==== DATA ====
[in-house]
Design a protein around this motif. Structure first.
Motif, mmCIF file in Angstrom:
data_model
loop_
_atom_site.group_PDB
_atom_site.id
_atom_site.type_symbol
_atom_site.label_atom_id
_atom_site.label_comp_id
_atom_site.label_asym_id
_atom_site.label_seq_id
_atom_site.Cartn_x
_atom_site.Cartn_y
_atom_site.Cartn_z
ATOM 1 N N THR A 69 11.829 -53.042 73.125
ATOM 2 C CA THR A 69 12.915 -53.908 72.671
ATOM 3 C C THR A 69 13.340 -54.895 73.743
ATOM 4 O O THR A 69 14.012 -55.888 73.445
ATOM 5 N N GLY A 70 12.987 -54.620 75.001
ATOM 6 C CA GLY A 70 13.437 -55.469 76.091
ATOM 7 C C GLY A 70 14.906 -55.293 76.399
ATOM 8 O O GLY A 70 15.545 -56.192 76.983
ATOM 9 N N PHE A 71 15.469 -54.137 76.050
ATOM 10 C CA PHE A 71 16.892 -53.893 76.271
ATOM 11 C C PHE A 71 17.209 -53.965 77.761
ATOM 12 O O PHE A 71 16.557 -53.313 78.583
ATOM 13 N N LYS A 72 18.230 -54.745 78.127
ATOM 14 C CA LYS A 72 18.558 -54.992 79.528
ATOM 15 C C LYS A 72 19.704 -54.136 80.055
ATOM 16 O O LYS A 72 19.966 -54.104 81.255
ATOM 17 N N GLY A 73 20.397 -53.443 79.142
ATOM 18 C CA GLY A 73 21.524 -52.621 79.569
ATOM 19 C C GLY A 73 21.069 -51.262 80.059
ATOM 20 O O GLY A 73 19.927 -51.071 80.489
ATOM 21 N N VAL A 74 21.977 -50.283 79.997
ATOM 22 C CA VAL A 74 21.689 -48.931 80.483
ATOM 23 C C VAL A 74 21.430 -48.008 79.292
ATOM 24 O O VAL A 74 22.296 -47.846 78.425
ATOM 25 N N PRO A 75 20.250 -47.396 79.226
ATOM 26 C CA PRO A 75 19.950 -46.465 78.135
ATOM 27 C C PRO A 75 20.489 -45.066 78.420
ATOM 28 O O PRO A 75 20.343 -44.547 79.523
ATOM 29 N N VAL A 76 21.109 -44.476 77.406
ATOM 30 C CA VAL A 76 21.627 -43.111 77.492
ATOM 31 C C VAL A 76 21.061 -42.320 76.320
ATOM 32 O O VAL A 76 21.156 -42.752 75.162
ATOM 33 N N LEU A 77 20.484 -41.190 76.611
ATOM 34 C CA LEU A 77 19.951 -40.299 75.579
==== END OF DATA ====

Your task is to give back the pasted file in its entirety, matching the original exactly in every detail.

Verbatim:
[in-house]
Design a protein around this motif. Structure first.
Motif, mmCIF file in Angstrom:
data_model
loop_
_atom_site.group_PDB
_atom_site.id
_atom_site.type_symbol
_atom_site.label_atom_id
_atom_site.label_comp_id
_atom_site.label_asym_id
_atom_site.label_seq_id
_atom_site.Cartn_x
_atom_site.Cartn_y
_atom_site.Cartn_z
ATOM 1 N N THR A 69 11.829 -53.042 73.125
ATOM 2 C CA THR A 69 12.915 -53.908 72.671
ATOM 3 C C THR A 69 13.340 -54.895 73.743
ATOM 4 O O THR A 69 14.012 -55.888 73.445
ATOM 5 N N GLY A 70 12.987 -54.620 75.001
ATOM 6 C CA GLY A 70 13.437 -55.469 76.091
ATOM 7 C C GLY A 70 14.906 -55.293 76.399
ATOM 8 O O GLY A 70 15.545 -56.192 76.983
ATOM 9 N N PHE A 71 15.469 -54.137 76.050
ATOM 10 C CA PHE A 71 16.892 -53.893 76.271
ATOM 11 C C PHE A 71 17.209 -53.965 77.761
ATOM 12 O O PHE A 71 16.557 -53.313 78.583
ATOM 13 N N LYS A 72 18.230 -54.745 78.127
ATOM 14 C CA LYS A 72 18.558 -54.992 79.528
ATOM 15 C C LYS A 72 19.704 -54.136 80.055
ATOM 16 O O LYS A 72 19.966 -54.104 81.255
ATOM 17 N N GLY A 73 20.397 -53.443 79.142
ATOM 18 C CA GLY A 73 21.524 -52.621 79.569
ATOM 19 C C GLY A 73 21.069 -51.262 80.059
ATOM 20 O O GLY A 73 19.927 -51.071 80.489
ATOM 21 N N VAL A 74 21.977 -50.283 79.997
ATOM 22 C CA VAL A 74 21.689 -48.931 80.483
ATOM 23 C C VAL A 74 21.430 -48.008 79.292
ATOM 24 O O VAL A 74 22.296 -47.846 78.425
ATOM 25 N N PRO A 75 20.250 -47.396 79.226
ATOM 26 C CA PRO A 75 19.950 -46.465 78.135
ATOM 27 C C PRO A 75 20.489 -45.066 78.420
ATOM 28 O O PRO A 75 20.343 -44.547 79.523
ATOM 29 N N VAL A 76 21.109 -44.476 77.406
ATOM 30 C CA VAL A 76 21.627 -43.111 77.492
ATOM 31 C C VAL A 76 21.061 -42.320 76.320
ATOM 32 O O VAL A 76 21.156 -42.752 75.162
ATOM 33 N N LEU A 77 20.484 -41.190 76.611
ATOM 34 C CA LEU A 77 19.951 -40.299 75.579